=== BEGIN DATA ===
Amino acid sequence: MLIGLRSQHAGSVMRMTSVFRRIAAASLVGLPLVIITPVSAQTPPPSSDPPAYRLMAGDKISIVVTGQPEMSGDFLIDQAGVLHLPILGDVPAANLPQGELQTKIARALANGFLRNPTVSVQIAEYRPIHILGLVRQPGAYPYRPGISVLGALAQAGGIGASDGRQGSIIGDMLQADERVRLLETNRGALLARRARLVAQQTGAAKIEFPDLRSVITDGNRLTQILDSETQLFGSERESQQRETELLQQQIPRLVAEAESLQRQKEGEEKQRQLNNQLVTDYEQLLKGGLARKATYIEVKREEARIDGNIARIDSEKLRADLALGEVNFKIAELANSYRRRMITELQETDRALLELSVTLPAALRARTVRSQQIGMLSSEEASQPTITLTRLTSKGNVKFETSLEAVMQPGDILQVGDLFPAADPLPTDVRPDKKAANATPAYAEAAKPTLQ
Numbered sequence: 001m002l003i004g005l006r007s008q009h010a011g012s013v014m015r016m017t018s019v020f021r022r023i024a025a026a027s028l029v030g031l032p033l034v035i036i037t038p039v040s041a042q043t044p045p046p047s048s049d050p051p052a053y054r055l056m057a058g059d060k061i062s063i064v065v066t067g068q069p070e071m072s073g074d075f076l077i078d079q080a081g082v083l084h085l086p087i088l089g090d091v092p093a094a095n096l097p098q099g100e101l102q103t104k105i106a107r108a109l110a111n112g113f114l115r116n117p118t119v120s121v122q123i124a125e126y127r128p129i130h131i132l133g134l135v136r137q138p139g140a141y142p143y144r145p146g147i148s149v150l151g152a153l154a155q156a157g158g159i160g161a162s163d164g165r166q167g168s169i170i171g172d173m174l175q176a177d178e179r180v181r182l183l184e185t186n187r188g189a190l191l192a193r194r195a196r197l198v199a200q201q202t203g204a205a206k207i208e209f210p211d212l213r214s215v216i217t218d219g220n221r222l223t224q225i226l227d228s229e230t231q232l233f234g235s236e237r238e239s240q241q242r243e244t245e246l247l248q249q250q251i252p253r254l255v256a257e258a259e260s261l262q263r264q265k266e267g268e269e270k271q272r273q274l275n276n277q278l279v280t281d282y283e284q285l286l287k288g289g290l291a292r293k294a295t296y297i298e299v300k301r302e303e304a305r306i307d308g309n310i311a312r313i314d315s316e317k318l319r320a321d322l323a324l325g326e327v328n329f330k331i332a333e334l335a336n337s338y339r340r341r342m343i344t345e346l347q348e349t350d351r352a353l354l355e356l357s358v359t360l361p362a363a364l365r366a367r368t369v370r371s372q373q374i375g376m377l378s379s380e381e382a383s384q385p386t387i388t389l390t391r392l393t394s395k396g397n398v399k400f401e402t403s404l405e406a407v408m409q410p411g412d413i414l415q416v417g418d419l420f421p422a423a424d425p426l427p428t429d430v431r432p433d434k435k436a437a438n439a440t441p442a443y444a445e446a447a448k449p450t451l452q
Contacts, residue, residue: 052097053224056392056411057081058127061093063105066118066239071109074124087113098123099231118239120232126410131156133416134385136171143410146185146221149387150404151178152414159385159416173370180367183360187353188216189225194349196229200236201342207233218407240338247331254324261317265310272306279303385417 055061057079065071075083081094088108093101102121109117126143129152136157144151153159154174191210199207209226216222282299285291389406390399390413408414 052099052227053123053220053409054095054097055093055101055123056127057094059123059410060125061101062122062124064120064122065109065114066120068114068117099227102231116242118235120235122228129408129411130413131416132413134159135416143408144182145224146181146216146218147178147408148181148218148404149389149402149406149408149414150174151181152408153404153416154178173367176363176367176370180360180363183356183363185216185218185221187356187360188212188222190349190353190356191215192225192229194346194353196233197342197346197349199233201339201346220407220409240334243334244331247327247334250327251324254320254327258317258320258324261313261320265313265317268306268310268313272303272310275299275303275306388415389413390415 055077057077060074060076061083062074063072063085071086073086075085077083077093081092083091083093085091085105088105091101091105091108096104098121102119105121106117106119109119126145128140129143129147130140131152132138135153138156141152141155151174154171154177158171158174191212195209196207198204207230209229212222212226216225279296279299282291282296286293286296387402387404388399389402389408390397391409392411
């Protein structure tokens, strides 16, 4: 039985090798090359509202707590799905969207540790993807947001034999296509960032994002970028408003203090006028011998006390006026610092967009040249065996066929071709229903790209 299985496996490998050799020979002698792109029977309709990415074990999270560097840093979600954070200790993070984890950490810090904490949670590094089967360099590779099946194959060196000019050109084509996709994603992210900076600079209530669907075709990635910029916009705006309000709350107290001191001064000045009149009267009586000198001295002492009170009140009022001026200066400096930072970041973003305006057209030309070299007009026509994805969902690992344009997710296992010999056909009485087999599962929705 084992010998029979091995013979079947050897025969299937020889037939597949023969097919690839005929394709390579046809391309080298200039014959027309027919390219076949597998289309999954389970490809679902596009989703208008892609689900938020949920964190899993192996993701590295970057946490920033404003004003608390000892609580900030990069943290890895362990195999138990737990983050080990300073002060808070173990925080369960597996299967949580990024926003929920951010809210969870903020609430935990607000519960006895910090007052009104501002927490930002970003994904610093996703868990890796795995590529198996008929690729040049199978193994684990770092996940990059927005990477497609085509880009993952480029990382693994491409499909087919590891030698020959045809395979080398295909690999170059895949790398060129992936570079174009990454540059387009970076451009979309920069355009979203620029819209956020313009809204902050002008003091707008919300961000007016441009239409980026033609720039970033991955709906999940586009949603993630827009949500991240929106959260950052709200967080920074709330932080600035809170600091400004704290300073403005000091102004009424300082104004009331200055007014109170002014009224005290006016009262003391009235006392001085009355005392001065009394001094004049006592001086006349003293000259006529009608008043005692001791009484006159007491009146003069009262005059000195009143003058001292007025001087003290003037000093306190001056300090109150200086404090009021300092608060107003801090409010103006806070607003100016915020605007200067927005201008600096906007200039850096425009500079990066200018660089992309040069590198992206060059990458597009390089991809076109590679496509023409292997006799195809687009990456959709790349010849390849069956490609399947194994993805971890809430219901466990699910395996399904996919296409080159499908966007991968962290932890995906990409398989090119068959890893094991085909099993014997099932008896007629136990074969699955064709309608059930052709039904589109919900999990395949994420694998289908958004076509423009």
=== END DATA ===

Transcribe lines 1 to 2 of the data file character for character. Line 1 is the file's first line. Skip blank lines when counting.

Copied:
Amino acid sequence: MLIGLRSQHAGSVMRMTSVFRRIAAASLVGLPLVIITPVSAQTPPPSSDPPAYRLMAGDKISIVVTGQPEMSGDFLIDQAGVLHLPILGDVPAANLPQGELQTKIARALANGFLRNPTVSVQIAEYRPIHILGLVRQPGAYPYRPGISVLGALAQAGGIGASDGRQGSIIGDMLQADERVRLLETNRGALLARRARLVAQQTGAAKIEFPDLRSVITDGNRLTQILDSETQLFGSERESQQRETELLQQQIPRLVAEAESLQRQKEGEEKQRQLNNQLVTDYEQLLKGGLARKATYIEVKREEARIDGNIARIDSEKLRADLALGEVNFKIAELANSYRRRMITELQETDRALLELSVTLPAALRARTVRSQQIGMLSSEEASQPTITLTRLTSKGNVKFETSLEAVMQPGDILQVGDLFPAADPLPTDVRPDKKAANATPAYAEAAKPTLQ
Numbered sequence: 001m002l003i004g005l006r007s008q009h010a011g012s013v014m015r016m017t018s019v020f021r022r023i024a025a026a027s028l029v030g031l032p033l034v035i036i037t038p039v040s041a042q043t044p045p046p047s048s049d050p051p052a053y054r055l056m057a058g059d060k061i062s063i064v065v066t067g068q069p070e071m072s073g074d075f076l077i078d079q080a081g082v083l084h085l086p087i088l089g090d091v092p093a094a095n096l097p098q099g100e101l102q103t104k105i106a107r108a109l110a111n112g113f114l115r116n117p118t119v120s121v122q123i124a125e126y127r128p129i130h131i132l133g134l135v136r137q138p139g140a141y142p143y144r145p146g147i148s149v150l151g152a153l154a155q156a157g158g159i160g161a162s163d164g165r166q167g168s169i170i171g172d173m174l175q176a177d178e179r180v181r182l183l184e185t186n187r188g189a190l191l192a193r194r195a196r197l198v199a200q201q202t203g204a205a206k207i208e209f210p211d212l213r214s215v216i217t218d219g220n221r222l223t224q225i226l227d228s229e230t231q232l233f234g235s236e237r238e239s240q241q242r243e244t245e246l247l248q249q250q251i252p253r254l255v256a257e258a259e260s261l262q263r264q265k266e267g268e269e270k271q272r273q274l275n276n277q278l279v280t281d282y283e284q285l286l287k288g289g290l291a292r293k294a295t296y297i298e299v300k301r302e303e304a305r306i307d308g309n310i311a312r313i314d315s316e317k318l319r320a321d322l323a324l325g326e327v328n329f330k331i332a333e334l335a336n337s338y339r340r341r342m343i344t345e346l347q348e349t350d351r352a353l354l355e356l357s358v359t360l361p362a363a364l365r366a367r368t369v370r371s372q373q374i375g376m377l378s379s380e381e382a383s384q385p386t387i388t389l390t391r392l393t394s395k396g397n398v399k400f401e402t403s404l405e406a407v408m409q410p411g412d413i414l415q416v417g418d419l420f421p422a423a424d425p426l427p428t429d430v431r432p433d434k435k436a437a438n439a440t441p442a443y444a445e446a447a448k449p450t451l452q